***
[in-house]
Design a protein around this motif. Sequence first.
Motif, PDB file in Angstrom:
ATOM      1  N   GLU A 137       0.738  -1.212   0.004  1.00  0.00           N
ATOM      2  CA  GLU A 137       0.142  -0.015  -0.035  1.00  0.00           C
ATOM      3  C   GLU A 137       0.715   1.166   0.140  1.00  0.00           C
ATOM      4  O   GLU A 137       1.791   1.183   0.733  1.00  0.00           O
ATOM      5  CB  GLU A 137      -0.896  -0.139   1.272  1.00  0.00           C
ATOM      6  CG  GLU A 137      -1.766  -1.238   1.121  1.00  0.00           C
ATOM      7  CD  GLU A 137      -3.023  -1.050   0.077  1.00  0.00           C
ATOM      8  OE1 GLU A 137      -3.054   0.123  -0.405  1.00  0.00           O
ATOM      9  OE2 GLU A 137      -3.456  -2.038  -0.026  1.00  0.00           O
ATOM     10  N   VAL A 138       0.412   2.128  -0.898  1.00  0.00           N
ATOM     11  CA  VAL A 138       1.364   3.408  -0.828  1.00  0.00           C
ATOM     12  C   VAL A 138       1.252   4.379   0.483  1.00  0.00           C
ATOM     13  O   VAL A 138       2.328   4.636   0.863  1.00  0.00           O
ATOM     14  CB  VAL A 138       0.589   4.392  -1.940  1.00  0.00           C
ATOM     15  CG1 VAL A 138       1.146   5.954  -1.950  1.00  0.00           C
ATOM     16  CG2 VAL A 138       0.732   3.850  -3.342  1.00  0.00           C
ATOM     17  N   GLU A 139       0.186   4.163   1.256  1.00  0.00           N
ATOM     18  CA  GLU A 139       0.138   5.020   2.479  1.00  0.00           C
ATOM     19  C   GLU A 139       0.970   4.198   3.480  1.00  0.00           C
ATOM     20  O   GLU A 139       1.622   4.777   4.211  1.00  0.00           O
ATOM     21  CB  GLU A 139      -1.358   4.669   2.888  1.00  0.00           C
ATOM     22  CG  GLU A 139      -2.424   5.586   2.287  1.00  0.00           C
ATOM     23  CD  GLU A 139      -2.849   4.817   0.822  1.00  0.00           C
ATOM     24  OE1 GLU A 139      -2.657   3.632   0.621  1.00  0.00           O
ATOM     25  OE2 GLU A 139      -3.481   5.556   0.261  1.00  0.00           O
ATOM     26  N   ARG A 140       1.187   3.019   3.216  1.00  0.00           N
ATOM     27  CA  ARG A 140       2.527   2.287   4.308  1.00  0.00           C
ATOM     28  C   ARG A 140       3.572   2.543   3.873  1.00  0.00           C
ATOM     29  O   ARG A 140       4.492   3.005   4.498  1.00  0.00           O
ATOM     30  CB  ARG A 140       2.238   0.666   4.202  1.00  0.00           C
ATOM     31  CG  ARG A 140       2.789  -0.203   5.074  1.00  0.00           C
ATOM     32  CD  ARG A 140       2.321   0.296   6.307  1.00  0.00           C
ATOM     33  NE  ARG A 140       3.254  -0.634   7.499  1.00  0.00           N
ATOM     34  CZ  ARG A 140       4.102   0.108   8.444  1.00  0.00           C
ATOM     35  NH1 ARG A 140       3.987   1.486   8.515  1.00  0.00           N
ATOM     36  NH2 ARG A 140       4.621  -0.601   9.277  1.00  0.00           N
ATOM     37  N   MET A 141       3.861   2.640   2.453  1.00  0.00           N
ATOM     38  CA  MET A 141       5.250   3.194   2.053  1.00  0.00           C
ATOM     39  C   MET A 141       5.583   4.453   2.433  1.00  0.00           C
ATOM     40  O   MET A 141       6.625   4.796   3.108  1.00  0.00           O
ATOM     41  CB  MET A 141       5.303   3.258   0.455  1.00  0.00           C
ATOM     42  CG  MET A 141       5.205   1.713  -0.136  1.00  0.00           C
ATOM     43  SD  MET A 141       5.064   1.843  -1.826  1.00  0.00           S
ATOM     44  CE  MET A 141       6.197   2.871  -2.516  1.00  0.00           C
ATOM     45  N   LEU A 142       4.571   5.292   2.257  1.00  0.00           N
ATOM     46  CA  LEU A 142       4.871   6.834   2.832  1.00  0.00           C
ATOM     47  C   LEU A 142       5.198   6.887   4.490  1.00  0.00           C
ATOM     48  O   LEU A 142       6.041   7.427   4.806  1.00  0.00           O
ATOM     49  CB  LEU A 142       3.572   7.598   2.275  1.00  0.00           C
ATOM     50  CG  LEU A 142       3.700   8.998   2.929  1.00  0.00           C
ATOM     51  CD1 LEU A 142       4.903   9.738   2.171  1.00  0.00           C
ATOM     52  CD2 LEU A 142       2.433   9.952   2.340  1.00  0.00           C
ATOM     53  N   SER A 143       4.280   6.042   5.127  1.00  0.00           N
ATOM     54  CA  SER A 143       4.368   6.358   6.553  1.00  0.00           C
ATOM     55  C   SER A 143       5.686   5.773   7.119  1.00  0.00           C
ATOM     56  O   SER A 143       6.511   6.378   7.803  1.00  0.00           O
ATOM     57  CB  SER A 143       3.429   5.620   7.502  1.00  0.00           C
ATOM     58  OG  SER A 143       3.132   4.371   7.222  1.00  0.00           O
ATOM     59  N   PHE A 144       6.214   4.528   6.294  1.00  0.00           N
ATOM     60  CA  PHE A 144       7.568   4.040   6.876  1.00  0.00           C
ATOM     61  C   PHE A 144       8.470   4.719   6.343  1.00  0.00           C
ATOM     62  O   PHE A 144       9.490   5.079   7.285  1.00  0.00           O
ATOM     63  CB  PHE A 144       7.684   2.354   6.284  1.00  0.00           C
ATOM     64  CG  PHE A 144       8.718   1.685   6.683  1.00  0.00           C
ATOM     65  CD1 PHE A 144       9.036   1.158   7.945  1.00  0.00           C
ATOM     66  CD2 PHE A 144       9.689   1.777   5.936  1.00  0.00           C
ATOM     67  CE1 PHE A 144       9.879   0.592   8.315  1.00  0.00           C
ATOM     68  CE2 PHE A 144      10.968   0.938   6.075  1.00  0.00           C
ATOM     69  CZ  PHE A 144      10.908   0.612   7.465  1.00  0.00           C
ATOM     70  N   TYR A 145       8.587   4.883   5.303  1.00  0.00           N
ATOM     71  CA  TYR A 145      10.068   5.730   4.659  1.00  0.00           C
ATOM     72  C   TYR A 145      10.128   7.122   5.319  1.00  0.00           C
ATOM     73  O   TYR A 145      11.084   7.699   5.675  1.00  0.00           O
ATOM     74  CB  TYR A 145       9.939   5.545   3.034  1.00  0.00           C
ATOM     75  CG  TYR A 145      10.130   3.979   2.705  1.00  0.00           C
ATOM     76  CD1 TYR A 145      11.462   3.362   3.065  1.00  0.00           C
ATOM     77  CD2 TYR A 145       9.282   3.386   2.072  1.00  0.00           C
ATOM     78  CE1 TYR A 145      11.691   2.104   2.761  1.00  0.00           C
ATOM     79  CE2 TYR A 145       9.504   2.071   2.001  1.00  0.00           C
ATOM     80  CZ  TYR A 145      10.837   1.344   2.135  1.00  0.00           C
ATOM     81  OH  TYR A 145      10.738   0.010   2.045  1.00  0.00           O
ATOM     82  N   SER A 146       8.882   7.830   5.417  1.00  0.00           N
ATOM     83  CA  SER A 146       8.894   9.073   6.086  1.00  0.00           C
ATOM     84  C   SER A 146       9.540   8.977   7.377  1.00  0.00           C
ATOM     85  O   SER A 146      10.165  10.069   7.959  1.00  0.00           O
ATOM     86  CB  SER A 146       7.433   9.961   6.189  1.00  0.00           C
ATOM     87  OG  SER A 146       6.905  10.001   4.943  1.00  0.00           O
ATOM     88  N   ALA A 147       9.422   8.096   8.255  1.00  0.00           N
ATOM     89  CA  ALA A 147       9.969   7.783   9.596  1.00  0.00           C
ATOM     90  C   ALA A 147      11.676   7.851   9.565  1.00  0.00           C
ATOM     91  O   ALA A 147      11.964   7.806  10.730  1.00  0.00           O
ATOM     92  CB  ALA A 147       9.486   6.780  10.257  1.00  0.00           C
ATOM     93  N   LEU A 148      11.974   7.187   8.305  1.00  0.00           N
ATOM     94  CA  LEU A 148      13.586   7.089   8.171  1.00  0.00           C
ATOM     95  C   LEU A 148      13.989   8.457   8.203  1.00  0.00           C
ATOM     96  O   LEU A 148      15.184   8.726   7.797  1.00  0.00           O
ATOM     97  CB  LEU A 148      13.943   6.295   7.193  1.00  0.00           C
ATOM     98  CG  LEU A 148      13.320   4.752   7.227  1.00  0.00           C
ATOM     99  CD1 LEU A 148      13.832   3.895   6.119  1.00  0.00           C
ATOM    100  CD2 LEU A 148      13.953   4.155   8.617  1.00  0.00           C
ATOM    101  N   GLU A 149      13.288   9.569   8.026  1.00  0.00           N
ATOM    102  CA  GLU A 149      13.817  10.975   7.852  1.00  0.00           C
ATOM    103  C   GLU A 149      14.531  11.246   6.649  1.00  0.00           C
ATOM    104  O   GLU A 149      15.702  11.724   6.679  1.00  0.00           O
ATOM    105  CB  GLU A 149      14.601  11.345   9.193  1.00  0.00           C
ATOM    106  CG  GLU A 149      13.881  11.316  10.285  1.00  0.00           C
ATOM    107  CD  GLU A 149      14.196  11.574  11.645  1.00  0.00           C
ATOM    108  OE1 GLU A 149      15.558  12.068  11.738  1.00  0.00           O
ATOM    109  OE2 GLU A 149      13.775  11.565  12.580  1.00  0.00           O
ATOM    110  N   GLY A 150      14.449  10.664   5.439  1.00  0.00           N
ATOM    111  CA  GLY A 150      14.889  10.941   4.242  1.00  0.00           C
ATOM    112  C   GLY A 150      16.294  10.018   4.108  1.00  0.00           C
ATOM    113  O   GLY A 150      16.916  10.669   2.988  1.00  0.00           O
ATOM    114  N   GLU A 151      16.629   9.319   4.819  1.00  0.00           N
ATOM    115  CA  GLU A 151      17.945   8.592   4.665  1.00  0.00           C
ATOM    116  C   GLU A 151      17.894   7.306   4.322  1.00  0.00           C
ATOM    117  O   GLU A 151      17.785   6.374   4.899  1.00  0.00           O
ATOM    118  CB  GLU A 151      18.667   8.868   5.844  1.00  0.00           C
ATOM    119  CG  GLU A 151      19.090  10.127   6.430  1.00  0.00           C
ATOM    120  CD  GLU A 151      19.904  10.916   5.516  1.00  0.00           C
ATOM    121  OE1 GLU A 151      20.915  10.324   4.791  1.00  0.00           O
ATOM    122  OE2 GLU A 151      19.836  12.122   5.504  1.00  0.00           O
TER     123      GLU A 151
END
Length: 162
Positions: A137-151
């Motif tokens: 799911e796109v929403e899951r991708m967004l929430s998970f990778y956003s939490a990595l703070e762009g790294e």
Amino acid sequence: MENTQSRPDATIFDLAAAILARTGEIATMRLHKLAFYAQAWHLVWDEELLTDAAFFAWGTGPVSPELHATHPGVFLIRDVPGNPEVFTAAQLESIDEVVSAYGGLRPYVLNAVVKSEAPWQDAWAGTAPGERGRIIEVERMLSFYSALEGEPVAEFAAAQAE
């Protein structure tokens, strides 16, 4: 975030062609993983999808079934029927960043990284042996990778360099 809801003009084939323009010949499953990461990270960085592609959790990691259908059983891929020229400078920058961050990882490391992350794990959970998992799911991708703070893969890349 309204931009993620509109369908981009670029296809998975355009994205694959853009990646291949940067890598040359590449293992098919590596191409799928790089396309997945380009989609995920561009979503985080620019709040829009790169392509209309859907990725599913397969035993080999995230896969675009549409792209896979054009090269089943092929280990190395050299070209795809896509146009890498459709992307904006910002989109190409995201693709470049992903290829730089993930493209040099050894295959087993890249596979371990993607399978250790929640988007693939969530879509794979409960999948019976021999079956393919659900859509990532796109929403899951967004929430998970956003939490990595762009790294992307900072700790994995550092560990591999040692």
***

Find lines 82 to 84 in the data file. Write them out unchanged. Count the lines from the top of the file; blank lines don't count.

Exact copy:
ATOM     79  CE2 TYR A 145       9.504   2.071   2.001  1.00  0.00           C
ATOM     80  CZ  TYR A 145      10.837   1.344   2.135  1.00  0.00           C
ATOM     81  OH  TYR A 145      10.738   0.010   2.045  1.00  0.00           O